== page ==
preferences. After their extensive research at the British Library, it turned out that Kafka himself liked black books of a relatively small format and large text and margins. He had a

clear preference for the typeface Walbaum and it is even considered that he had written a short story about it, drawing parallels to the shape of its letters and the sturdy tree trunks in the

snow (R. Embray 2012, pers. Comm., 23 Sept.).


4 Corners Books - Blumfeld An Elderly Bachelor

I N C

T H E O L

P E N A L O N Y

The a

e x p l o re r, amount

protagonist of to

story

features whom a

worldly and

as

the

dignity is attached. Upon his visit to the penal colony of the an explorer unnamed meets island, with

respect

some

dejected,

f o r m e r,

the apparatus and the old C om m a n d a n t s The explorer the is present

glory

but

known

currently

to

r e g i m e .

because it is his charge to assess a execution

a n o f fi c e r a t t h e c o l ony s execution in device, The the to front of site, the execution of directly

to take place and to draw the retention or rejection of the existent conclusion concerning

set

few remaining followers of dedicated the old Commandant, has reinstallation himself

o f fi c e r,

or

a p p a r a t u s . one the

system.

fully of

(McGee

2011)

After the extensive research into book design, book publishing, the future of the book and its visual language, I dove in to Kafkas world and In The Penal Colony once and went on to

the condemned goes on living as before. After the sixth hour he enters a euphoric trance and stops screaming from pain, accepting and on deciphering the movement of the needle on understanding his fate. He then concentrates his body, as the sentence has not been disclosed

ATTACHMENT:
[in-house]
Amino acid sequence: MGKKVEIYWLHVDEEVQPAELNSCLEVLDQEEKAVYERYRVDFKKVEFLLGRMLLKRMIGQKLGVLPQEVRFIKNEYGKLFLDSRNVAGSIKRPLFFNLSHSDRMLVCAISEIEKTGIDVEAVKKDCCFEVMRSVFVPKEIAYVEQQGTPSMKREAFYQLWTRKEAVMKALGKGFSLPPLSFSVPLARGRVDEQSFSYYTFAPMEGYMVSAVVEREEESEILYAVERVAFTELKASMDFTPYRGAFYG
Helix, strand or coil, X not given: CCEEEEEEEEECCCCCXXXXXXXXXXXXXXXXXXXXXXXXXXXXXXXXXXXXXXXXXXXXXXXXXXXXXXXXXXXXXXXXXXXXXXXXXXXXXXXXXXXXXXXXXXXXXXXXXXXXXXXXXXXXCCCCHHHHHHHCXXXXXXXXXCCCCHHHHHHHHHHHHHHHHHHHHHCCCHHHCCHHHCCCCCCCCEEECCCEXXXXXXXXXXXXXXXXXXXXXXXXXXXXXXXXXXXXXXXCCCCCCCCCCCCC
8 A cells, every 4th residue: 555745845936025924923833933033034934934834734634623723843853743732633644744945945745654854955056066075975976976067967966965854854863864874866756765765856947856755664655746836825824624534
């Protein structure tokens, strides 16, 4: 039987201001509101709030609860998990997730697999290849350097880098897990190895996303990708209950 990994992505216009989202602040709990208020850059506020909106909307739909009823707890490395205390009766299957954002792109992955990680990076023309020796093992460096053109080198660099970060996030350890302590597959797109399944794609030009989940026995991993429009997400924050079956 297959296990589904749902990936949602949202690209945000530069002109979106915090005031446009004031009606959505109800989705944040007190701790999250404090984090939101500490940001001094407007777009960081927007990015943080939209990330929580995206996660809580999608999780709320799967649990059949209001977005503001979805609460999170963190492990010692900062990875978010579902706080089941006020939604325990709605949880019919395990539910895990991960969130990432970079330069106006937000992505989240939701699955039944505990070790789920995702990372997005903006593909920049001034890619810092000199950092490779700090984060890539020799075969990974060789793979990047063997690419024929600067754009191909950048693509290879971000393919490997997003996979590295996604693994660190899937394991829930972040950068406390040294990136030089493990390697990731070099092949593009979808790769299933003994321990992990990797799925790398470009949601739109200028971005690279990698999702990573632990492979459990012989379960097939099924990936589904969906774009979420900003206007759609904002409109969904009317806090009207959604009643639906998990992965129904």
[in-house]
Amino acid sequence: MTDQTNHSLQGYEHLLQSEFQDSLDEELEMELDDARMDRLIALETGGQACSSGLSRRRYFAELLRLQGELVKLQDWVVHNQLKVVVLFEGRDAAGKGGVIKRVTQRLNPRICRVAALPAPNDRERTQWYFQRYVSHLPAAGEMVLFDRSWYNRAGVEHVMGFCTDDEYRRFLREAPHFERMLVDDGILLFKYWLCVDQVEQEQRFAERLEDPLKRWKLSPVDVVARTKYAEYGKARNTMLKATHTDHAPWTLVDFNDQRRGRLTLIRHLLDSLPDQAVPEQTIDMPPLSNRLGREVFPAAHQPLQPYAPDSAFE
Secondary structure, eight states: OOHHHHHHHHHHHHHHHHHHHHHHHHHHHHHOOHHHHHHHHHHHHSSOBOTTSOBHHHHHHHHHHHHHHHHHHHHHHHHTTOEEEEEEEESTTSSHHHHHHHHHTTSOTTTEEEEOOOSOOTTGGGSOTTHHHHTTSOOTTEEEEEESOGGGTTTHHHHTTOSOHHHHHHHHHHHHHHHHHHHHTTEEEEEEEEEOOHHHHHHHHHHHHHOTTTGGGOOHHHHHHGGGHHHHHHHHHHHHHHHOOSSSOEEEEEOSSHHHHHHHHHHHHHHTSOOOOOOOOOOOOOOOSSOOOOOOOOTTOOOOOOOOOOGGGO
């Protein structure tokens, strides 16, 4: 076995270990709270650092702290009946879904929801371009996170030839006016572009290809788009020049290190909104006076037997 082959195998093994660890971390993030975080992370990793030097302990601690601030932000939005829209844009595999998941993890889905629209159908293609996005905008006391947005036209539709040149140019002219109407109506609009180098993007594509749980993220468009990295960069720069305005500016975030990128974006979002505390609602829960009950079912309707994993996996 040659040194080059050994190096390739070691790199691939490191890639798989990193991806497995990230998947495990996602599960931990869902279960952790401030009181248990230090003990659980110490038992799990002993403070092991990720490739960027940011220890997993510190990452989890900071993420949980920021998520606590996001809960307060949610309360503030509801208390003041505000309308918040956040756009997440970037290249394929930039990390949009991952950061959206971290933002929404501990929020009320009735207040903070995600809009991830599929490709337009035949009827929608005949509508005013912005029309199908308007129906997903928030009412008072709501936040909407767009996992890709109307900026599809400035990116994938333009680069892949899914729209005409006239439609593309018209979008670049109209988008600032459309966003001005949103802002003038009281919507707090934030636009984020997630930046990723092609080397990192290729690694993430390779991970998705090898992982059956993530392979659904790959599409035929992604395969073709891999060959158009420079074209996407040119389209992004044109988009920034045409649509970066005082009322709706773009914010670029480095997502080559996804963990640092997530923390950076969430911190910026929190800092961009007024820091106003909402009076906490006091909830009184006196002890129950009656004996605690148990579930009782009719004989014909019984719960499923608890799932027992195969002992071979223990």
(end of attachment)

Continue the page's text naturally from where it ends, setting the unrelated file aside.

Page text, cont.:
the novella I chose to work with. I initially read also read other pieces by Kafka in order to get and distinctive tone. I also read some essays

a feel for his writing style, reoccurring themes about the authors life alongside numerous

to him. The whole process of the execution is said to be extremely beautiful and as a reader you are made to feel this way too. Blood is reduce bleeding and the wounds are constantly cleaned using water from special

analyses of my chosen novella. The essays often concentrated on the themes underlying the narrative and studied the detached Kafkas

never visible as the skin is specially treated to tubes

style of writing and the possible reasons for it. The story concentrates on the workings of

attached next to every needle. (Kafka 1914) McGee writes that the story incorporates a vast array of religious, artistic, and philosophical elements and the popular critical analysis the old Commandant represents either the God of the Old Testament, those that subscribe

an intricate execution machine, referred to It carves the sentence of a condemned person

as the apparatus. By piercing with needles, into his skin over a course of twelve hours, eventually killing him. During the first hour

seems to be that the story is allegorical, where

wholly to the Old Testament but not the New Testament, or something else related directly to the Old Testament. (Fear and Trembling in the Penal Colony by Kyle

such as Arthur Schopenhauer, Karl Marx and Friedrich story Nietzsche logic (Alun

2003).

McGee)

The

I had drawn extremely similar conclusions